Liza is determined. As the drum major for her band in a school where music funding is about to get severely cut, she needs to find a way to save the program. Enter the Destiny cruise, where high school performers will be competing for a $25,000 check. Their band must win, and Liza won’t let anything stop them. Not ex-best-friends, not a new love interest, not the weird malfunctioning ship itself. No – the only thing that might get in her way is Liza herself.
Let me just say this first: I absolutely adore Lauren Morrill. When I read Meant to Be a couple years back, I was so senselessly delighted by the book that I read through it twice in a row. These aren’t normally the kinds of books I read. They’re a bit silly and a bit predictable and a bit idealized. I can’t help myself, though. This is exactly the sort of book I would have loved to indulge in when I was in high school, and I delight in every word of these books now. Morrill does an amazing job making me forget about my adult brain and my suspension of disbelief and my cynicism. She helps me to just go along for the ride, and root for the characters, and grin and laugh out loud and hug her books by the end.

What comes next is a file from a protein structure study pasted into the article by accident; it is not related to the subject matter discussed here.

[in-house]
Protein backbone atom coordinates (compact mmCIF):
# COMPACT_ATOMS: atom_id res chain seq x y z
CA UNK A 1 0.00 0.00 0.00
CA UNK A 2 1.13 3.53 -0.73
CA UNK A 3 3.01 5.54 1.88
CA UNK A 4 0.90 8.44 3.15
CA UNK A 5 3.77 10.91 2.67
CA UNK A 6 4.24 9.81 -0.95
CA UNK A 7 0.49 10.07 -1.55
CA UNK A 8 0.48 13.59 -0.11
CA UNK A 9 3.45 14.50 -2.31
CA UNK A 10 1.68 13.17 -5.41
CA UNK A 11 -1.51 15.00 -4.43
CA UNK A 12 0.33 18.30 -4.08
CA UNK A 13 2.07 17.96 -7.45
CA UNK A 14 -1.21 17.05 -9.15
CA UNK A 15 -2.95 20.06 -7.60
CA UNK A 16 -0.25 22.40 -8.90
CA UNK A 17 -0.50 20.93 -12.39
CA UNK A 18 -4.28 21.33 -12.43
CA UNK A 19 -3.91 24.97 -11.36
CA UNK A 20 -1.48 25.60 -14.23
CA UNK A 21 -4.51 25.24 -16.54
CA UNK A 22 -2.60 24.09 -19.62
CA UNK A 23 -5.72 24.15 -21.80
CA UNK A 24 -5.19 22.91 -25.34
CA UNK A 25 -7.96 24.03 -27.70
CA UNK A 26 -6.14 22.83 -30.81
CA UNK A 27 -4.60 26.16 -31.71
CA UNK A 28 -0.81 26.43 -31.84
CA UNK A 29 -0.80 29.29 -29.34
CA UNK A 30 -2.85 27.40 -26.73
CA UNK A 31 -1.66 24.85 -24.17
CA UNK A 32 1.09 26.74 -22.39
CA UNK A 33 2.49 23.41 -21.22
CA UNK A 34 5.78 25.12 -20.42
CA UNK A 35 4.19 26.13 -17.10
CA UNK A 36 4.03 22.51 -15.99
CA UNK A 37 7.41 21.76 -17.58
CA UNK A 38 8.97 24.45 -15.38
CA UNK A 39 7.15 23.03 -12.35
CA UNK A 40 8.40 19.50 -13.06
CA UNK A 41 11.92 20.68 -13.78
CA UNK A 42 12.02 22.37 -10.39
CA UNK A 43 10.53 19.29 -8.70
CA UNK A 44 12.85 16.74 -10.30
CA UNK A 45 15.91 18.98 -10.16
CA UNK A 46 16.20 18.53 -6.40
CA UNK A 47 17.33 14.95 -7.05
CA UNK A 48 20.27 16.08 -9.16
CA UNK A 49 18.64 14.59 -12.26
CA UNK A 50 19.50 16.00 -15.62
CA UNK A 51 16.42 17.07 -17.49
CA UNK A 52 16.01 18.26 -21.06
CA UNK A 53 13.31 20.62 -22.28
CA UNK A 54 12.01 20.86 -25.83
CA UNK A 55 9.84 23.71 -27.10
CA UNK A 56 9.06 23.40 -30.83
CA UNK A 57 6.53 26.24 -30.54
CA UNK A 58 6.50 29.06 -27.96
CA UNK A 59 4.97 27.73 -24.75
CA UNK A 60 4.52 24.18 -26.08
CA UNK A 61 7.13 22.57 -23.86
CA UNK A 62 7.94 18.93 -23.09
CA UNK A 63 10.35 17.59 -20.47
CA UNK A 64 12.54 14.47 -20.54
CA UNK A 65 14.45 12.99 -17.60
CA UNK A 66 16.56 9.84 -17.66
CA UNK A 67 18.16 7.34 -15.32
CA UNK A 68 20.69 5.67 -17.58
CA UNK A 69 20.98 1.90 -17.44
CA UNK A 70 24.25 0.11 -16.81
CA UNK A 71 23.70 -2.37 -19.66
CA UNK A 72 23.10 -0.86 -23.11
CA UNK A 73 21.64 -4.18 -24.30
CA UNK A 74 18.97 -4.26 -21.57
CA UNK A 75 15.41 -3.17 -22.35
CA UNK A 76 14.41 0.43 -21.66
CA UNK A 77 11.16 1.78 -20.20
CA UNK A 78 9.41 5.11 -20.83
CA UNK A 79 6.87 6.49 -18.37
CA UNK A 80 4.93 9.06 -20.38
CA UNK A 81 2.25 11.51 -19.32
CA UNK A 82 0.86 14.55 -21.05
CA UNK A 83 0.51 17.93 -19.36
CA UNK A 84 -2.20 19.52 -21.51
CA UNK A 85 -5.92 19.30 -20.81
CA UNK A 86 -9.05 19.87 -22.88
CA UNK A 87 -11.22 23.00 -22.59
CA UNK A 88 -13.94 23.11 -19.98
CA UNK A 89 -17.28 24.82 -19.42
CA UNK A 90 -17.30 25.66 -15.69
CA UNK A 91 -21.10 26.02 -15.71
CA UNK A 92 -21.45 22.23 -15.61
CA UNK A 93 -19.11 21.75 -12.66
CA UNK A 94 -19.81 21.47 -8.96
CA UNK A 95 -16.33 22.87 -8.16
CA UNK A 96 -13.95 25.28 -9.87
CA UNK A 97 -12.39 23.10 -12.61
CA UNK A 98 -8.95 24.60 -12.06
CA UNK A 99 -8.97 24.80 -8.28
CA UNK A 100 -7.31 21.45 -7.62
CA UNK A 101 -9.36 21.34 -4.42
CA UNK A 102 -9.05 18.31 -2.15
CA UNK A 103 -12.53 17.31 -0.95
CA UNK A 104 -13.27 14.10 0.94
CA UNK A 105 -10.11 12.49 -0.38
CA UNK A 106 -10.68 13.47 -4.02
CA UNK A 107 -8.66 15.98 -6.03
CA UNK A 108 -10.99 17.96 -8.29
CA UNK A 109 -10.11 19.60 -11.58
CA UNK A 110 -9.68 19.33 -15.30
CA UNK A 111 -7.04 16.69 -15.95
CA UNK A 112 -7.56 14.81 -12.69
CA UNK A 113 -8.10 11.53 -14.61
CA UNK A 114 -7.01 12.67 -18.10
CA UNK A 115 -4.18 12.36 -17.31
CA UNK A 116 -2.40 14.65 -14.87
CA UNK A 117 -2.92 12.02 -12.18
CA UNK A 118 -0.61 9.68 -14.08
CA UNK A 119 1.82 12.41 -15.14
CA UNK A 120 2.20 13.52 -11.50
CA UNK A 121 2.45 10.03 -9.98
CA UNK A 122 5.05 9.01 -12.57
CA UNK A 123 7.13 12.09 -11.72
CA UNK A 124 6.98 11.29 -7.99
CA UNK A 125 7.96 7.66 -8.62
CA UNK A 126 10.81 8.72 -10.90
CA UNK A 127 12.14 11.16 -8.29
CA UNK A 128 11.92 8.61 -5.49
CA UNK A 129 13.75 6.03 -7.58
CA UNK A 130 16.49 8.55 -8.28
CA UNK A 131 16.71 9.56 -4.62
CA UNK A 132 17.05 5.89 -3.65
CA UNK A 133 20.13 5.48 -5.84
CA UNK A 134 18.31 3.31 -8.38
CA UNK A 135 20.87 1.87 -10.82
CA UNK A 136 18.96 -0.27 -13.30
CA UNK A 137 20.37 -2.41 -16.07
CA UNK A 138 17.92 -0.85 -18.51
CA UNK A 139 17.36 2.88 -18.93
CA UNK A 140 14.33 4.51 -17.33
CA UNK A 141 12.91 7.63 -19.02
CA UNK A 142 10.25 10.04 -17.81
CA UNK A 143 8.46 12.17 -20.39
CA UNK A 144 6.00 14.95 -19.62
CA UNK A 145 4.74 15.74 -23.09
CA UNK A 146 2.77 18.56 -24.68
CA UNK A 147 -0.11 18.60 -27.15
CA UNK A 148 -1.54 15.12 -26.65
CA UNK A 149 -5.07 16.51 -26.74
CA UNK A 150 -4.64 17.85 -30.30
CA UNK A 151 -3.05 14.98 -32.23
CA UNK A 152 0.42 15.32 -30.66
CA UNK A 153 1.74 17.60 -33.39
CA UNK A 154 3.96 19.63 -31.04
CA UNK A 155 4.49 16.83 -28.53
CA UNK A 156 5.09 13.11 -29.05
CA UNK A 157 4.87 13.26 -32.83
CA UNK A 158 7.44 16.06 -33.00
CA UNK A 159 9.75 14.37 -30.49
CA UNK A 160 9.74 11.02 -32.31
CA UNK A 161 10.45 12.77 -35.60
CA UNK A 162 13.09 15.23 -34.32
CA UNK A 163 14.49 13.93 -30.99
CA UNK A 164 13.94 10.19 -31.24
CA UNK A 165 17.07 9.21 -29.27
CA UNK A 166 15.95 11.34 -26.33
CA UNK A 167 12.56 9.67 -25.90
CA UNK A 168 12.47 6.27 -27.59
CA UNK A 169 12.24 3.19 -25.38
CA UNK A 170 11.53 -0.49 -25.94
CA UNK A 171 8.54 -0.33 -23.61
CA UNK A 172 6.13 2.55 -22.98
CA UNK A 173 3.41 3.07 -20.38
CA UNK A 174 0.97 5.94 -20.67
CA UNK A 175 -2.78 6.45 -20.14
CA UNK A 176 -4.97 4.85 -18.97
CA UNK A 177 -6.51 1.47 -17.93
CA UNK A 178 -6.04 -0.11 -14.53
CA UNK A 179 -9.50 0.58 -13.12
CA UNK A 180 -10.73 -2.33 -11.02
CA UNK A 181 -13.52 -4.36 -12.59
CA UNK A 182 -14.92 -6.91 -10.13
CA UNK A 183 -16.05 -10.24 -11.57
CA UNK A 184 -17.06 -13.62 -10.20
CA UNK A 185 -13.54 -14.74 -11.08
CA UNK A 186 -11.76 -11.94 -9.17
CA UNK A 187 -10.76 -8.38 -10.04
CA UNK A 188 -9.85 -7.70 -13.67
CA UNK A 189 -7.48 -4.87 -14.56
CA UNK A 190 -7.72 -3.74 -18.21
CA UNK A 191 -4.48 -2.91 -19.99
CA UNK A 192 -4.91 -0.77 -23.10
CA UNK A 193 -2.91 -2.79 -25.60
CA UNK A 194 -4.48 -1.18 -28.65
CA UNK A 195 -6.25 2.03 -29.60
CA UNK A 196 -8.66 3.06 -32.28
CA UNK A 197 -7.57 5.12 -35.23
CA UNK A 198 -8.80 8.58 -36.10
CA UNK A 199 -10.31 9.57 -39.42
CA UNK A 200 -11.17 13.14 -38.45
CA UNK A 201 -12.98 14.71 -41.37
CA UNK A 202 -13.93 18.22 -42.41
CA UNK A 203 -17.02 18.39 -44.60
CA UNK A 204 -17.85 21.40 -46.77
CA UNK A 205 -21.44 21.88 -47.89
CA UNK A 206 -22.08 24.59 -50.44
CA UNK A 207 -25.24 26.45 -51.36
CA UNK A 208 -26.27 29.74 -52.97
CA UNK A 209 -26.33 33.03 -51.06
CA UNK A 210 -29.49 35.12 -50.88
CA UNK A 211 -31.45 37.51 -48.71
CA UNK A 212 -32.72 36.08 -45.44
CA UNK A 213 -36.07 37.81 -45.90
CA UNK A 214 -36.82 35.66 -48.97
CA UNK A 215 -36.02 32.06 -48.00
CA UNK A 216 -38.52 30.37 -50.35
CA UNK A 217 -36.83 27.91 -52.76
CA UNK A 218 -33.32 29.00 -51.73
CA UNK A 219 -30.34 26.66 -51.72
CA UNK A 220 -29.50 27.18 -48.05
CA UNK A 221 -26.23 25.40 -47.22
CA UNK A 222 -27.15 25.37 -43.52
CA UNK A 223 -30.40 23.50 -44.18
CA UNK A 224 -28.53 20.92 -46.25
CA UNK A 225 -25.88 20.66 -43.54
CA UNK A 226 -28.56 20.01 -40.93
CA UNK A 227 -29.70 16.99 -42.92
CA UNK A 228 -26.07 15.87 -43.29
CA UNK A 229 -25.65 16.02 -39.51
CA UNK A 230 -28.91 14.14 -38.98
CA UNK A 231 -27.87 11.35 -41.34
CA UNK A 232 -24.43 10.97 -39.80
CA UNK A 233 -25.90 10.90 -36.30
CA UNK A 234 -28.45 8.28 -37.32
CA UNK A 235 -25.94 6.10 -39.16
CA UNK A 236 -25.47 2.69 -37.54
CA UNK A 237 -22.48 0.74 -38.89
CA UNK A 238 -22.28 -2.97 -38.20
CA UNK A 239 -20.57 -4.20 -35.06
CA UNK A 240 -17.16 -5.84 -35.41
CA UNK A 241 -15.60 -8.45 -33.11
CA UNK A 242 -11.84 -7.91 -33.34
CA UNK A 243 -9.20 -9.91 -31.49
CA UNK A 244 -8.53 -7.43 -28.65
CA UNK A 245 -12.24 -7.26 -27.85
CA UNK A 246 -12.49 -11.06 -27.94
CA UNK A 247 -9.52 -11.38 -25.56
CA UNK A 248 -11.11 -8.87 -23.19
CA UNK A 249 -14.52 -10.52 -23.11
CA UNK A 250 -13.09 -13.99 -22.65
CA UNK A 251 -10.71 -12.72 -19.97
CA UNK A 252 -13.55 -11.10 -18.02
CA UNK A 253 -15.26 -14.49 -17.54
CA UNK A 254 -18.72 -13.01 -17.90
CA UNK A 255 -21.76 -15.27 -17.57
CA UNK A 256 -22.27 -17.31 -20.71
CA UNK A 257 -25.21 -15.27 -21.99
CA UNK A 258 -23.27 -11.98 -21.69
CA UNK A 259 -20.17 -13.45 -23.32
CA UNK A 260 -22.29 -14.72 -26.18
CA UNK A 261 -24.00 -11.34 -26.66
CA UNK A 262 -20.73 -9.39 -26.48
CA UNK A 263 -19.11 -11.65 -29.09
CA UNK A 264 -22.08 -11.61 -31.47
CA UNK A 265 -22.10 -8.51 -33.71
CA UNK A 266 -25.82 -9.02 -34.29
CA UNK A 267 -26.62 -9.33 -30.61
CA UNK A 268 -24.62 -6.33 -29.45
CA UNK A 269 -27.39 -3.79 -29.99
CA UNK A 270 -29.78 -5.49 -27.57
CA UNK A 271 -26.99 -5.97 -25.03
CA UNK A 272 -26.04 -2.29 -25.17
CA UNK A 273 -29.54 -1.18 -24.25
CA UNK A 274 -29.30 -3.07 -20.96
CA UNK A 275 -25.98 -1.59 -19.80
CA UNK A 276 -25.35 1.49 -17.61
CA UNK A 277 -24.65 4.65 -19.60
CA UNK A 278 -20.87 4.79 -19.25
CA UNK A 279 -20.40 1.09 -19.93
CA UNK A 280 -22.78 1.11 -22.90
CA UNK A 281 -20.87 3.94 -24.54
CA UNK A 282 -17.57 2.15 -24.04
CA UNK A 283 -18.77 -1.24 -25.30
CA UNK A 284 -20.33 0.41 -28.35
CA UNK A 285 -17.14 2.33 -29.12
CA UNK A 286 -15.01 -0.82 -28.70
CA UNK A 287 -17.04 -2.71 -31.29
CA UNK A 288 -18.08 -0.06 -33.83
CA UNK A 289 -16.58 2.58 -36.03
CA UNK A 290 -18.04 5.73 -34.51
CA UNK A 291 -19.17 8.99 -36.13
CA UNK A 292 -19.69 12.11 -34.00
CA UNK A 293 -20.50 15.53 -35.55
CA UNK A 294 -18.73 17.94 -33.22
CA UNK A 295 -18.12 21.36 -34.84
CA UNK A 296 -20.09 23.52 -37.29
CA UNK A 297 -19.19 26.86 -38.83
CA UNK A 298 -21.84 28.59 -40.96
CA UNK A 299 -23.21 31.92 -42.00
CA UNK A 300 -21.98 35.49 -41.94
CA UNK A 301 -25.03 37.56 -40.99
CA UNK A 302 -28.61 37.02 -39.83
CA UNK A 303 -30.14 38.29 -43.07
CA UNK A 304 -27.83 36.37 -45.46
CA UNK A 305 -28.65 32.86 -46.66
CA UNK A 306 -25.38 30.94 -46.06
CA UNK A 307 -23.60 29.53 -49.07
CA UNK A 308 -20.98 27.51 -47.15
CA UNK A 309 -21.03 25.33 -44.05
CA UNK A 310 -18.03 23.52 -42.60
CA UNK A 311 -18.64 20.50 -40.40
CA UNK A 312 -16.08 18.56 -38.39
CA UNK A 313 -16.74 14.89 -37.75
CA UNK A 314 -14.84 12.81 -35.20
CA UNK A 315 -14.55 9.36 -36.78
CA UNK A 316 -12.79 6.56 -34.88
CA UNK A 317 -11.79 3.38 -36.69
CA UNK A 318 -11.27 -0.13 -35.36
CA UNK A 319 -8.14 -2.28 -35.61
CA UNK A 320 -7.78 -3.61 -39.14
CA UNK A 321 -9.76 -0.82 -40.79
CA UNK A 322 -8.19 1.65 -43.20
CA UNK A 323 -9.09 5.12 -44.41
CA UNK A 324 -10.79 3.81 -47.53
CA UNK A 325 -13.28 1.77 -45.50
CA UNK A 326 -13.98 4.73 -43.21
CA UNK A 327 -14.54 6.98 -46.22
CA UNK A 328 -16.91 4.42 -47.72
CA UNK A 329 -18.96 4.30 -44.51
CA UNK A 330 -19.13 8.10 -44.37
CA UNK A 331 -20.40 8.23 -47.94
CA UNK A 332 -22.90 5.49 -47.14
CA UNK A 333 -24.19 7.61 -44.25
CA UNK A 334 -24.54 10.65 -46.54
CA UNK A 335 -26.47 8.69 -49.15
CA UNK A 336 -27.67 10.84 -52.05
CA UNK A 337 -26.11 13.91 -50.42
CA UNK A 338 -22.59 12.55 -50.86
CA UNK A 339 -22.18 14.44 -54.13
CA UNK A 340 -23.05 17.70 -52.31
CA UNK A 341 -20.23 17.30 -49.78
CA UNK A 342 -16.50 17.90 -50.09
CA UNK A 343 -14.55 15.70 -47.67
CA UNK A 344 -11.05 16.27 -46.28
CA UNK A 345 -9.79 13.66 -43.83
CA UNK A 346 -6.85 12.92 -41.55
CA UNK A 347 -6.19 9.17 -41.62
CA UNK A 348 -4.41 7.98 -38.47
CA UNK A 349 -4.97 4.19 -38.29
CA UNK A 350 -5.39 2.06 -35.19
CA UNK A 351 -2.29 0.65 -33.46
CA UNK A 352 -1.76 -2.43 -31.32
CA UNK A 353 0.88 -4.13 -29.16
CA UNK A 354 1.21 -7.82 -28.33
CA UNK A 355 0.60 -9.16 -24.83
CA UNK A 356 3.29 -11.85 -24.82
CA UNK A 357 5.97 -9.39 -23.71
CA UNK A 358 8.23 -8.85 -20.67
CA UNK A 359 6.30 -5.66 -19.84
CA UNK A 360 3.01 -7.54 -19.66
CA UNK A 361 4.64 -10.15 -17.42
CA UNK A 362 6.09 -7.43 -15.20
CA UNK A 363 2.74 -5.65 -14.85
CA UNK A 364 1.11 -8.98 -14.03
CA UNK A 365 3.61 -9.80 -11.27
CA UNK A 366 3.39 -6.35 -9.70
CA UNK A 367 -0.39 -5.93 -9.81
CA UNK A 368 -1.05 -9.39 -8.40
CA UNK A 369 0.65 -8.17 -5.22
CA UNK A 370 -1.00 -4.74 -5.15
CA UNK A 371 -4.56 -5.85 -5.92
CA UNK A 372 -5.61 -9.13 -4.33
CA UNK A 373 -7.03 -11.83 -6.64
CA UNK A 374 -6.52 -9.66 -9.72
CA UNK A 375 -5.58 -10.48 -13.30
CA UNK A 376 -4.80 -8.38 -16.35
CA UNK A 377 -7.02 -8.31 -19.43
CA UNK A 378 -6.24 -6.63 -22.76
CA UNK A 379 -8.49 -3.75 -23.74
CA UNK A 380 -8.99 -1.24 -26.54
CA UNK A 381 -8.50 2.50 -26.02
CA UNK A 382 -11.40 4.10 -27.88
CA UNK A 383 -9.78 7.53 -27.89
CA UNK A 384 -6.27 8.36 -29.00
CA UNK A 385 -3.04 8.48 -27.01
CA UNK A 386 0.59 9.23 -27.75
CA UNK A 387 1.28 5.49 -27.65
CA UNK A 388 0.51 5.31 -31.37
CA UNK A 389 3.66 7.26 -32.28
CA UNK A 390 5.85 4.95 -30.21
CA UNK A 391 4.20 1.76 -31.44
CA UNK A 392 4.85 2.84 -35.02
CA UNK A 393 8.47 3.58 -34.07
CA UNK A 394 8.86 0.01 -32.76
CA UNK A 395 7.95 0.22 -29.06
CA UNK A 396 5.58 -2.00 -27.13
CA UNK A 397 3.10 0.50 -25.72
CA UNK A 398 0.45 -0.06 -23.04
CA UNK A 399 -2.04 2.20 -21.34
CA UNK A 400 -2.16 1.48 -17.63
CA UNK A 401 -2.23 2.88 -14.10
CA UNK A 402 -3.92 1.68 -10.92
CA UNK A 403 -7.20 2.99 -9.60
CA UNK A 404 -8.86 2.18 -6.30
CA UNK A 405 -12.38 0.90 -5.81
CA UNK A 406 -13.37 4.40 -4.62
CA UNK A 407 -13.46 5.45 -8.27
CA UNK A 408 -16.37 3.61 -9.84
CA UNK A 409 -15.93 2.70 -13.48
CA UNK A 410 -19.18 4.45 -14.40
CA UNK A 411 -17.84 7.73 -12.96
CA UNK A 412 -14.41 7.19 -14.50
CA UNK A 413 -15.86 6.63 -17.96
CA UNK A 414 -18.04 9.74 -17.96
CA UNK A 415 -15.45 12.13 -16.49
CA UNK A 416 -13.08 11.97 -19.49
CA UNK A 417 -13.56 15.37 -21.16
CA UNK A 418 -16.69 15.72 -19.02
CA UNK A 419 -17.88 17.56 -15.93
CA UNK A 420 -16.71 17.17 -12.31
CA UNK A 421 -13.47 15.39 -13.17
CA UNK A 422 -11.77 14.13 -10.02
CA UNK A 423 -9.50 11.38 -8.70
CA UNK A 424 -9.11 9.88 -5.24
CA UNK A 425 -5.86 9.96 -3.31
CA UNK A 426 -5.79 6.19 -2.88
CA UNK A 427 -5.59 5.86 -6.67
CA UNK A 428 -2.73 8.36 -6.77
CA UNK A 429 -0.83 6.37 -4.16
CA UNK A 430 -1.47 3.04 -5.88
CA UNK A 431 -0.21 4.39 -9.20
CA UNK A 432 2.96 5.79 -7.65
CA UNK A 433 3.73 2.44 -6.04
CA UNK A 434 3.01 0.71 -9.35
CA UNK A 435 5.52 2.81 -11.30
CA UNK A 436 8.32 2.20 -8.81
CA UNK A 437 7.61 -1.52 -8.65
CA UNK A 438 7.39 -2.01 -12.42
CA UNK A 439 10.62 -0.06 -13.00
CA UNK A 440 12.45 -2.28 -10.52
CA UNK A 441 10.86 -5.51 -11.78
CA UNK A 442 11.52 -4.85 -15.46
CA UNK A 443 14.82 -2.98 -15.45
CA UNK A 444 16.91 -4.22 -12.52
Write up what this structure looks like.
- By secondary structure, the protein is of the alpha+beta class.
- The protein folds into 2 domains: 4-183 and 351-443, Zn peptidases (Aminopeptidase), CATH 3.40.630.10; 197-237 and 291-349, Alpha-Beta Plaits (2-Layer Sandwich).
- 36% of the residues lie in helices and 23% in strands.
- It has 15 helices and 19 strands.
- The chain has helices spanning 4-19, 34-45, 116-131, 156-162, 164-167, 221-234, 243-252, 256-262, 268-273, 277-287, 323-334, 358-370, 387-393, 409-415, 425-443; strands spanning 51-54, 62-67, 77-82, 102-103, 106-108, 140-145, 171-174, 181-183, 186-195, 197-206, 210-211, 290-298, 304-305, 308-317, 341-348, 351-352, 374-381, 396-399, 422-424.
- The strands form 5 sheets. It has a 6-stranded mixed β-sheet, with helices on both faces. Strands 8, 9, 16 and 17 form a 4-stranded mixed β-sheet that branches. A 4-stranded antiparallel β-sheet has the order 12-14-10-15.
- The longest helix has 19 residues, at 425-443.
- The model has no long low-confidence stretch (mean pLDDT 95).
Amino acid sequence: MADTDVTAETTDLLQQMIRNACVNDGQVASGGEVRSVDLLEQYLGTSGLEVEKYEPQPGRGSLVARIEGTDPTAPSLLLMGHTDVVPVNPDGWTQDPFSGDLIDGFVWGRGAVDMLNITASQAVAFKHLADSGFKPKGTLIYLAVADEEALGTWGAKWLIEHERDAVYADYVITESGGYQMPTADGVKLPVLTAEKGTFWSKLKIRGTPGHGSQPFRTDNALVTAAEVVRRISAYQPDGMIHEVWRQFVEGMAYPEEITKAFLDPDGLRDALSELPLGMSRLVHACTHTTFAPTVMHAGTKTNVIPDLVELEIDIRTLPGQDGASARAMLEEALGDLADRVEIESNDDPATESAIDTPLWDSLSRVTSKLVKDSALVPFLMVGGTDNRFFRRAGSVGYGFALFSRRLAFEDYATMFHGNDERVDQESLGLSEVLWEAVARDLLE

Meant to Be was like that, and The Trouble With Destiny was as well. Both were in settings I’m familiar with – the first, a trip abroad, the second, a cruise ship – and that helped me feel even more connected to the book. Liza, as a main character, is adorably blind and blundering about everything. And of course, you know from the beginning that by the end, everything will work out somehow. These are feel-good books, greeting-card books, and Destiny was the absolute highlight of my recent Readathon experience.
Honestly, I don’t expect these books to work for everyone. They’re sappy and silly and filled with teen hyper-emotions (everything from love to envy to angst), and I know that gets on some people’s nerves. Me, though? I’m just going to keep collecting her books and enjoying myself!!